There is a petition circulating the net, requesting the option to allow bitless dressage at a competitive level. Bitless riding is not a new concept and it can be seen in many different riding circles and disciplines. The old masters frequently started their horses in cavessons instead of bits. The thinking behind this was to preserve the mouth and not to spoil it by sharp actions on the bit on the lunge for example. French Classical masters aim not to use training aids either, and regard the mouth as sacred, left to be educated only by the most skilled hands.
If the horse has not been prepared for bitless riding, some problems may arise when riders attempt to transition from conventional riding to bitless riding. One of the debates that has sprung on Facebook is the need for contact in the current dressage test scoring system, for example. Contact is a component of the “Submissiveness” section of the Special Test for Young Horses. It could quite rightly become difficult to judge how much contact is enough contact in a bitless bridle, especially since the nose is up to six times less sensitive than the horse’s mouth. The “General Impression” section of the test marks the horse’s “Standard of Training on the basis of the (traditional German) ‘scale of training’.” It is safe to assume that if this training scale were to be followed precisely, it would not be fair to ask for contact at the level of a Young Horse Test yet. However, the concept of contact is there, awaiting marks. Contact is not mentioned in any other test, but the term “Acceptance of the Bridle” is used instead. From my point of view, “acceptance of the bridle” means the bridle in which the horse is ridden. This is a point where riders promoting bitless riding could argue for bitless indeed.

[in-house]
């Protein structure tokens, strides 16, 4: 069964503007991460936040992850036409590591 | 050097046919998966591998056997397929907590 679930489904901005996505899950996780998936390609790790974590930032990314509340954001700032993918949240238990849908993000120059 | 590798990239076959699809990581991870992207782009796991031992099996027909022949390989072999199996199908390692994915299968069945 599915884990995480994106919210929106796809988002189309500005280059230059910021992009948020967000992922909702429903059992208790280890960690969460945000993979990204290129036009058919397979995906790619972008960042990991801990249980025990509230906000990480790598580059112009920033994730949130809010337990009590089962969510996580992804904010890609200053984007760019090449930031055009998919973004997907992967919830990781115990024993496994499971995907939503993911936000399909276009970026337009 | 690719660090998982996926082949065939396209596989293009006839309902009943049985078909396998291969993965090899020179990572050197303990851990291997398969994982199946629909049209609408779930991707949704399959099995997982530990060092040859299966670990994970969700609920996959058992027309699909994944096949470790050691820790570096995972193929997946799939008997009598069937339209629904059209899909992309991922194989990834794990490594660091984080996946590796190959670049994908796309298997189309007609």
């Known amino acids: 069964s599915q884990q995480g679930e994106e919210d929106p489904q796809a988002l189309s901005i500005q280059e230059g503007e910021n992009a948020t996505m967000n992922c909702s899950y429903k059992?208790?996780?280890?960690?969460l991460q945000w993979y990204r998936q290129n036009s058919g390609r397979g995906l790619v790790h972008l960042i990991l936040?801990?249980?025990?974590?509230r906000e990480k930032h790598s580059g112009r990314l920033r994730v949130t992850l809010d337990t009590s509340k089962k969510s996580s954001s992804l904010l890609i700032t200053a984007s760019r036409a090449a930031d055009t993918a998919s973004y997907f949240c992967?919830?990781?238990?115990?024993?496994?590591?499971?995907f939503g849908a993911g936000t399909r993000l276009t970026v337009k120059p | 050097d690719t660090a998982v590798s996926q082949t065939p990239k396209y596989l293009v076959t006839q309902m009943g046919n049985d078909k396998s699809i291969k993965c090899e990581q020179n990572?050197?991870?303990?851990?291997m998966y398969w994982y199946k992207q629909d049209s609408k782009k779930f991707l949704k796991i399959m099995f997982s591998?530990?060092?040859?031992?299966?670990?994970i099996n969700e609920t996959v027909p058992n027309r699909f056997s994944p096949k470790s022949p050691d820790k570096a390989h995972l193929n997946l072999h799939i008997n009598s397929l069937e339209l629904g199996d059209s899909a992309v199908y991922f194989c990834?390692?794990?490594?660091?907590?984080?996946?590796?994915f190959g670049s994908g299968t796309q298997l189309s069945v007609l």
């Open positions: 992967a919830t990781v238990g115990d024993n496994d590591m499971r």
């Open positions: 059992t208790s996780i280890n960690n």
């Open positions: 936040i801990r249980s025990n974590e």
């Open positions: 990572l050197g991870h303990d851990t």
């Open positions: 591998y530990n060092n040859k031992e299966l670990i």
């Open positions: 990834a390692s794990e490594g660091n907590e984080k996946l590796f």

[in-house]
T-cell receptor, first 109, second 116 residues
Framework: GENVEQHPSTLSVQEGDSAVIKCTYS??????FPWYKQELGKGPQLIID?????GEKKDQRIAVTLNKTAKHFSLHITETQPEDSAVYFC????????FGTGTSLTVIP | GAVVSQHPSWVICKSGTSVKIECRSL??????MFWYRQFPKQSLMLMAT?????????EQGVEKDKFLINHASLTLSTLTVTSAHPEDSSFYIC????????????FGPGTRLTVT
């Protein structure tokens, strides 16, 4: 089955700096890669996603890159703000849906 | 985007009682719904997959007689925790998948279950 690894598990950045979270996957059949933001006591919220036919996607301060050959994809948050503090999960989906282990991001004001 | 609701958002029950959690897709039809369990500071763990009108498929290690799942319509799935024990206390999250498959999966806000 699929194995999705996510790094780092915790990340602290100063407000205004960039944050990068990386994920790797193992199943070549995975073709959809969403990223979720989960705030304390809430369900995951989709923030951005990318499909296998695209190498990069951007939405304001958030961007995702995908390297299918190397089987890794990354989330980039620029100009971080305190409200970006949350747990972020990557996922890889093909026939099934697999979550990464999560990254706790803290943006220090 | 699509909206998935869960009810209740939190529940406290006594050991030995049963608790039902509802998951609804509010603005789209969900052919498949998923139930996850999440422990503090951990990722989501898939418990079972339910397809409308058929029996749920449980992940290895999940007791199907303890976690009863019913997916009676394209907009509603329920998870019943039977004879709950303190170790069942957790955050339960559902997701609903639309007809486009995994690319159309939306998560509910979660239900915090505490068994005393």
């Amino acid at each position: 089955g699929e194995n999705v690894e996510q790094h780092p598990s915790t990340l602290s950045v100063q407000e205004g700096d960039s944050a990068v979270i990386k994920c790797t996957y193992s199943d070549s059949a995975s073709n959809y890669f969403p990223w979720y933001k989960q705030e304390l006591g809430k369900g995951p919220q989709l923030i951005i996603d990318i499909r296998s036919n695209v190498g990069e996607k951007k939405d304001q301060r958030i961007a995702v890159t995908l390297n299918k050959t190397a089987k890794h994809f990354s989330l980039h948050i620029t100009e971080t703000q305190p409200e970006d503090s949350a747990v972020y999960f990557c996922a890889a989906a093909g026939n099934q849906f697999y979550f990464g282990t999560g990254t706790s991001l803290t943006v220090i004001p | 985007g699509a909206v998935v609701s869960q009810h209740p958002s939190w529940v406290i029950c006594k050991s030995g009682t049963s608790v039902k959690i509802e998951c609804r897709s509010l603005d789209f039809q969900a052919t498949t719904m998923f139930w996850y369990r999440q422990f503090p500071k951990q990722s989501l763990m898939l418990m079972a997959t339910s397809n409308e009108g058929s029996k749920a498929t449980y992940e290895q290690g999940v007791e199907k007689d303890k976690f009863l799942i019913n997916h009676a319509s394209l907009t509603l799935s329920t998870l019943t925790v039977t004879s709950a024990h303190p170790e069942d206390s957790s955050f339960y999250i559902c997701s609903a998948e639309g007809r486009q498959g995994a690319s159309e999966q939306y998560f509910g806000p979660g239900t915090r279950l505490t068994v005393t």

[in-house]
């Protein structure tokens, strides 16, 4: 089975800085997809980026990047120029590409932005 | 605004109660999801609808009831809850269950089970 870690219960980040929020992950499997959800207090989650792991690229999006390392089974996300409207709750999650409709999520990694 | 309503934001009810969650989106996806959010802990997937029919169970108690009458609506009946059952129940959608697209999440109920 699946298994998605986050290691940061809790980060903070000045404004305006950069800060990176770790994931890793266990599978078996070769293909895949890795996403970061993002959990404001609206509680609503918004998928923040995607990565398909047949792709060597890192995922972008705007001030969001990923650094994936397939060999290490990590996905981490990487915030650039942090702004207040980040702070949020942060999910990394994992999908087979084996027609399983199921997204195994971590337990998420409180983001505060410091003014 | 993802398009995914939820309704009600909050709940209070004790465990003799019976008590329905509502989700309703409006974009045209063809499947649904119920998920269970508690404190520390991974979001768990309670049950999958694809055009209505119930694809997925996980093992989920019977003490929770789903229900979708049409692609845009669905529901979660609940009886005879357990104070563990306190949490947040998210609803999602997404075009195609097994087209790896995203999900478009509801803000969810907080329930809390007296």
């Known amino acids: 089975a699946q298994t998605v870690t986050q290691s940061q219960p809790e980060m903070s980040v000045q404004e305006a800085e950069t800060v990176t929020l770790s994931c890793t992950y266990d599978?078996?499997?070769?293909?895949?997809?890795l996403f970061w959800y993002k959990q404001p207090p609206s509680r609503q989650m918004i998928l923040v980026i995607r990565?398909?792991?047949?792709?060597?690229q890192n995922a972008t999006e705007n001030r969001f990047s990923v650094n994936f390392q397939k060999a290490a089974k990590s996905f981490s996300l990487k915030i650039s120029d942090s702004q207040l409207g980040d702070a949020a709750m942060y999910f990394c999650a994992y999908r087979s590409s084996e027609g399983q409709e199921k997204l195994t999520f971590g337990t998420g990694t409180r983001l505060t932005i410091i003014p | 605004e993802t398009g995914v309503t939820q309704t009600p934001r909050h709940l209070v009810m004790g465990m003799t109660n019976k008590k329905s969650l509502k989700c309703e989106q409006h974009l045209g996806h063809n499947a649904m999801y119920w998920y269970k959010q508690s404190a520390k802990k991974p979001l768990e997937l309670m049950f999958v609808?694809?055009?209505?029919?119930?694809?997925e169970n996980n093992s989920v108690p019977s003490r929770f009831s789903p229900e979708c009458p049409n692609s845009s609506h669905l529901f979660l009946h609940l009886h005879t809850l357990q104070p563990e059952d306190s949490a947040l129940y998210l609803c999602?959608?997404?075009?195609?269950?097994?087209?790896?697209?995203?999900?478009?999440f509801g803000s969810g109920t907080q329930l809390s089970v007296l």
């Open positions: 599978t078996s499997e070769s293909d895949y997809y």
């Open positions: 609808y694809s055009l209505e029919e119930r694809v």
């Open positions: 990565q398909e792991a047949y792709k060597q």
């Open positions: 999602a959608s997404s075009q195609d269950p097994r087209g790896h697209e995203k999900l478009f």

Despite all the controversy that may arise if we delve into the semantics of dressage test scoring systems, if our training foundations are sound and understood by the horse, many horses can quite easily make the change from bitted to bitless and the change should in theory be positively seamless. If the change is not so easy, this could lead us to question our training methods – where are we going wrong and how can we make this work easier for the horse to understand?